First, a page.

A couple who kept their romance alive while both serving during the Second World War are set to celebrate their Platinum wedding anniversary.
Despite wartime turmoil, Jim and Dorris Cohen, from Loughton, married on April 2 1944 at All Hallows Church in Tottenham.
The Cohen’s were both serving in the forces until the end of the war, but maintained the relationship through telegrams and the few visits they could manage.
Mrs Cohen, now 94, was called up first and joined the Auxiliary Territorial Service.
She said: “I was one of the first women to be called up, I was working in Tottenham Court Road at the time.
“I had to choose between munitions and the services. I chose the army because I knew I would get more leave.
“I was based in Aldershot and [Mr Cohen] would come and see me.
“Then, when I got 24 hours leave, he would pay for me to go to him.”
Mr Cohen, now 93, joined the Fleet Air Arm as a mechanic in 1944.
Mr Cohen was stationed in Tokyo Bay when the Japanese formalised its surrender aboard the USS Missouri.
He also met King George VI, describing him as “very polite”.
One of the most testing times in their young relationship came when Mr Cohen was blown off of a ship by a kamikaze bomber.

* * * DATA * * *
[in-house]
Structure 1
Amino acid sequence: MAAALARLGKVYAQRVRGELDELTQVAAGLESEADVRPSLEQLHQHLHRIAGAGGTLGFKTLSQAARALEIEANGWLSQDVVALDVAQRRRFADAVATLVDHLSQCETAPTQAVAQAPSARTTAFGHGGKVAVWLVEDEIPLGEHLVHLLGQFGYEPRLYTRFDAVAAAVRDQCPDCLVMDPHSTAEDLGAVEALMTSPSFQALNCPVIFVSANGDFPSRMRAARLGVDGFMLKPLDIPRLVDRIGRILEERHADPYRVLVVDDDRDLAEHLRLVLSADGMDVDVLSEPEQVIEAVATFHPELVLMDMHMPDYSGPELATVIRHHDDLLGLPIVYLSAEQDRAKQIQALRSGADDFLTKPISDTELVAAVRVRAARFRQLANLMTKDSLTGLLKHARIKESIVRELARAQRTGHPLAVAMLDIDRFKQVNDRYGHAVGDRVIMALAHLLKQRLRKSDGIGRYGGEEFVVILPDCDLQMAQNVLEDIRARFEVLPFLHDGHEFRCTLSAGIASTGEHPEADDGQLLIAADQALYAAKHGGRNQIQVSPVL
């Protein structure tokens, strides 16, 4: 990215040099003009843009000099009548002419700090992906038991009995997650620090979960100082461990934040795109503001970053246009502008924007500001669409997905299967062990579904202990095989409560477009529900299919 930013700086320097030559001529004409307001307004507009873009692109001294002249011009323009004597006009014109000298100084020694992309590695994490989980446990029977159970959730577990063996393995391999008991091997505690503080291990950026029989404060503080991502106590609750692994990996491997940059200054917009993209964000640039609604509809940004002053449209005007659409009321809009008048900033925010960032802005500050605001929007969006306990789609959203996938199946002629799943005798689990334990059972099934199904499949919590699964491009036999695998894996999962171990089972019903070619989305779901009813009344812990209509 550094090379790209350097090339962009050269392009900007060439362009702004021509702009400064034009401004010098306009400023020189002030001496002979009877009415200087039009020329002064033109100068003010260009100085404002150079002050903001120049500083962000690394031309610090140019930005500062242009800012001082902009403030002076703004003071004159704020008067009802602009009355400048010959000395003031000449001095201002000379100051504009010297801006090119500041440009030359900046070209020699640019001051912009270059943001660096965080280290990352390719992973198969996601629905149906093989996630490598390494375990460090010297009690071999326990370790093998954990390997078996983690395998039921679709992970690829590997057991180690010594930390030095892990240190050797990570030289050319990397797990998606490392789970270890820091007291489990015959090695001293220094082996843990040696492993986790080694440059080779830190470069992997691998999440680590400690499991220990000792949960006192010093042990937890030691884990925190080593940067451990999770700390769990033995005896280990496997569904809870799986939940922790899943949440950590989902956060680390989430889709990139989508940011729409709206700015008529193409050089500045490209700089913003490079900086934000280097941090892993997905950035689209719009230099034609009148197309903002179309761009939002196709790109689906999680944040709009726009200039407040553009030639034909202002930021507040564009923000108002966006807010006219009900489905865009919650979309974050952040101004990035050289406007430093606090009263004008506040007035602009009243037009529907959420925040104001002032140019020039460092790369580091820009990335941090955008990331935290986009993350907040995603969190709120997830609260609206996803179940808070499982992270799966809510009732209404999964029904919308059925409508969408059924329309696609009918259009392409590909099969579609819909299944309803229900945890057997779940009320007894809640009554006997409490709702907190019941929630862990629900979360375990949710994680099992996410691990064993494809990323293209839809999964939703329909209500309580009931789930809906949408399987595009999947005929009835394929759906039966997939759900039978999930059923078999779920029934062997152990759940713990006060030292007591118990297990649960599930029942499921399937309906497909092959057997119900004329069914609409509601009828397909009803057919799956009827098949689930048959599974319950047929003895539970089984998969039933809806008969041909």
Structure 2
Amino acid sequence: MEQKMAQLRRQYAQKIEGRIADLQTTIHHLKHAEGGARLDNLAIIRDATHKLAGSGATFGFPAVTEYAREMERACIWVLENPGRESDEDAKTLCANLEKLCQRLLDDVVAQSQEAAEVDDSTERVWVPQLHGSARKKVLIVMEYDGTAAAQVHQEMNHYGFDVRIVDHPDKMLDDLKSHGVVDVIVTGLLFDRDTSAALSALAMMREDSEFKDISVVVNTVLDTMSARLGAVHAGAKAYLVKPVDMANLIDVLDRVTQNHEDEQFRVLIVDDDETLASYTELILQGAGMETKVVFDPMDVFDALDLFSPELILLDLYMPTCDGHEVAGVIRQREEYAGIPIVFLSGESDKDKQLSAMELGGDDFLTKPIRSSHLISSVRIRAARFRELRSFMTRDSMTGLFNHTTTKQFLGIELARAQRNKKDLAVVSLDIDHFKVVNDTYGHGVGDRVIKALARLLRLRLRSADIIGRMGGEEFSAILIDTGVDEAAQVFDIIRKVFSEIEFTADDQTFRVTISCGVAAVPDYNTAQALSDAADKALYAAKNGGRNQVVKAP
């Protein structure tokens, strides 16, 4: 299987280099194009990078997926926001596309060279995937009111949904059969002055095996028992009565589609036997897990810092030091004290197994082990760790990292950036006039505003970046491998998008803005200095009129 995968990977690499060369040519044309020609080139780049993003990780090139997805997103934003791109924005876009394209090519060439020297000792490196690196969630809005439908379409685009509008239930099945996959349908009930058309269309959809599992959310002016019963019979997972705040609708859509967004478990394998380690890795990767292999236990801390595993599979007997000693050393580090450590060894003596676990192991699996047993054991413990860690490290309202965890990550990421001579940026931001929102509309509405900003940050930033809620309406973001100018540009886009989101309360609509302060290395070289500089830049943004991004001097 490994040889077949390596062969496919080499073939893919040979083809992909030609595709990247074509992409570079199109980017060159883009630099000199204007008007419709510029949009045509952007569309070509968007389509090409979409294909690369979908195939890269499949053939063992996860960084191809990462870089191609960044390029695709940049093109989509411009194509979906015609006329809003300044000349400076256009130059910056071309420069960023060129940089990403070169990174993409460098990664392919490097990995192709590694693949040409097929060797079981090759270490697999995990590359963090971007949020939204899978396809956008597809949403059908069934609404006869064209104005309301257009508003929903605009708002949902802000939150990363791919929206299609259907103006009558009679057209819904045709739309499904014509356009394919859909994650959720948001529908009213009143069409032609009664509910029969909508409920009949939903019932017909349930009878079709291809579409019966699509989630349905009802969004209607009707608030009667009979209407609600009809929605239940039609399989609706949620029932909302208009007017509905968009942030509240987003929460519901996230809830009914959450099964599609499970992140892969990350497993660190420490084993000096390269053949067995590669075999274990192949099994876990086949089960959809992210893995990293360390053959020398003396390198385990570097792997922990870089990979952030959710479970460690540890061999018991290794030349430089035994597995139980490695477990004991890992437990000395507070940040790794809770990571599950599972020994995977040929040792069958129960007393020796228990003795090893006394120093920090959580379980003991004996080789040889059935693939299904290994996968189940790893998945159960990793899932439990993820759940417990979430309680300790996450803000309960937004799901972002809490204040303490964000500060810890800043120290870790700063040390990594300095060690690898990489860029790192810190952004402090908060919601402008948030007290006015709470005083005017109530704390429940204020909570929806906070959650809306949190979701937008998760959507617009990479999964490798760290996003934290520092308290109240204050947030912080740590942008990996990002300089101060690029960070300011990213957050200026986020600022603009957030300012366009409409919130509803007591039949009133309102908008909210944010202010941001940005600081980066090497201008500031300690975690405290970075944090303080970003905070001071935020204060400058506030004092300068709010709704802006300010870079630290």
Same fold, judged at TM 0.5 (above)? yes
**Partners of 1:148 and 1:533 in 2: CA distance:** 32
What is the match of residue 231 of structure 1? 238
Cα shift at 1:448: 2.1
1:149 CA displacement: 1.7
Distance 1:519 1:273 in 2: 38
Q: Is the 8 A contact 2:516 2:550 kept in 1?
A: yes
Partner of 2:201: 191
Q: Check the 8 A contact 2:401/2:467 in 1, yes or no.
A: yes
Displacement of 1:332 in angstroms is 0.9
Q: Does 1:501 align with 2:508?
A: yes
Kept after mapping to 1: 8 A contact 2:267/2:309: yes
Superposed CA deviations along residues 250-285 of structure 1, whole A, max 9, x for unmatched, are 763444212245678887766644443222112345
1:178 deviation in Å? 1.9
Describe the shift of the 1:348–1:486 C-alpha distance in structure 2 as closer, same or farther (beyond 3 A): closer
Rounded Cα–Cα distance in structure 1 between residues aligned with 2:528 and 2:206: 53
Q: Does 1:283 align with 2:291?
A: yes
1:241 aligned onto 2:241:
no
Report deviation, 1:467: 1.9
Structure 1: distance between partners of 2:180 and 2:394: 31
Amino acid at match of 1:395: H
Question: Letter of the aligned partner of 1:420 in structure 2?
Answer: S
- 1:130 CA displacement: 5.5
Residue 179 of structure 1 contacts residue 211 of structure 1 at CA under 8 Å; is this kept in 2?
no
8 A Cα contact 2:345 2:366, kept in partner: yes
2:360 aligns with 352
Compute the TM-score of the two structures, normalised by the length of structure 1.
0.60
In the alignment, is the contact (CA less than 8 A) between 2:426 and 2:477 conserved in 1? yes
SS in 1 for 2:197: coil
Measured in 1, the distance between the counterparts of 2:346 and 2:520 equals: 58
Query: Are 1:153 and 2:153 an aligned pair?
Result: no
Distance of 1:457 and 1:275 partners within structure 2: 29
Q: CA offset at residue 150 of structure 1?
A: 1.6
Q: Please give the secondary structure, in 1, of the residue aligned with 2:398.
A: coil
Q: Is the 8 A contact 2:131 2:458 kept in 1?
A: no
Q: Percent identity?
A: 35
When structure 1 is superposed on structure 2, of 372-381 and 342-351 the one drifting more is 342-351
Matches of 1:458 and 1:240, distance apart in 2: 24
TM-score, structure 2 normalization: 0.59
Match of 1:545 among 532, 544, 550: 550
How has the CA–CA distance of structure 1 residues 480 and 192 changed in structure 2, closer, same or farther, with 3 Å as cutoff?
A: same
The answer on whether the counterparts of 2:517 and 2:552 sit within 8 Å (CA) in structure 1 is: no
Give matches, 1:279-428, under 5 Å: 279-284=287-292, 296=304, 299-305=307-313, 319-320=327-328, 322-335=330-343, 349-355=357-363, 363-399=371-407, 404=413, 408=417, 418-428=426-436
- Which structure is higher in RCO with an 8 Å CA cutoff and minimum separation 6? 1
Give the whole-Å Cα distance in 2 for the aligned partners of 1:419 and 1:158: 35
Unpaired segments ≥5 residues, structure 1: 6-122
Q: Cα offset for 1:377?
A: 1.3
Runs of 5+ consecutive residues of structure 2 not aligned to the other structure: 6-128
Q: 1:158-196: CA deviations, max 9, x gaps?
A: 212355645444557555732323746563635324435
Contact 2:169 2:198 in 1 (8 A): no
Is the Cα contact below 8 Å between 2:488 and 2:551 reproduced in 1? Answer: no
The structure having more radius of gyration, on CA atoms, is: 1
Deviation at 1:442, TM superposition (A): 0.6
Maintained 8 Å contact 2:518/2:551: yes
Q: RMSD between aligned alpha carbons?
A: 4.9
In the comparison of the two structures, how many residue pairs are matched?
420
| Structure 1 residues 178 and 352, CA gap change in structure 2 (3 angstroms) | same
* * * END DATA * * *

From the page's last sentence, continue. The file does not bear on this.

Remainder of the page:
He was found in the water and taken to Australia onboard a ship with a hospital.
For six months Mrs Cohen had no idea what had happened to her husband.
Mr and Mrs Cohen have three children, four grandchildren, three great grandchildren and four great, great grandchildren.
But Mrs Cohen says that it was not exactly love at first sight.
She said: “He came to my house with his friend on my 21st birthday in 1940. His friend wanted to go out with my sister.
“At first I said to her ‘where did you dig this one up?’. But he asked me out and it developed from there.
“We’ve had a good marriage. We’ve had arguments but never stand up rows.
“After we’ve had an argument we have a cup of tea and right away it breaks the ice.”
They will celebrate with family on Wednesday, including their daughter who is joining them from Australia.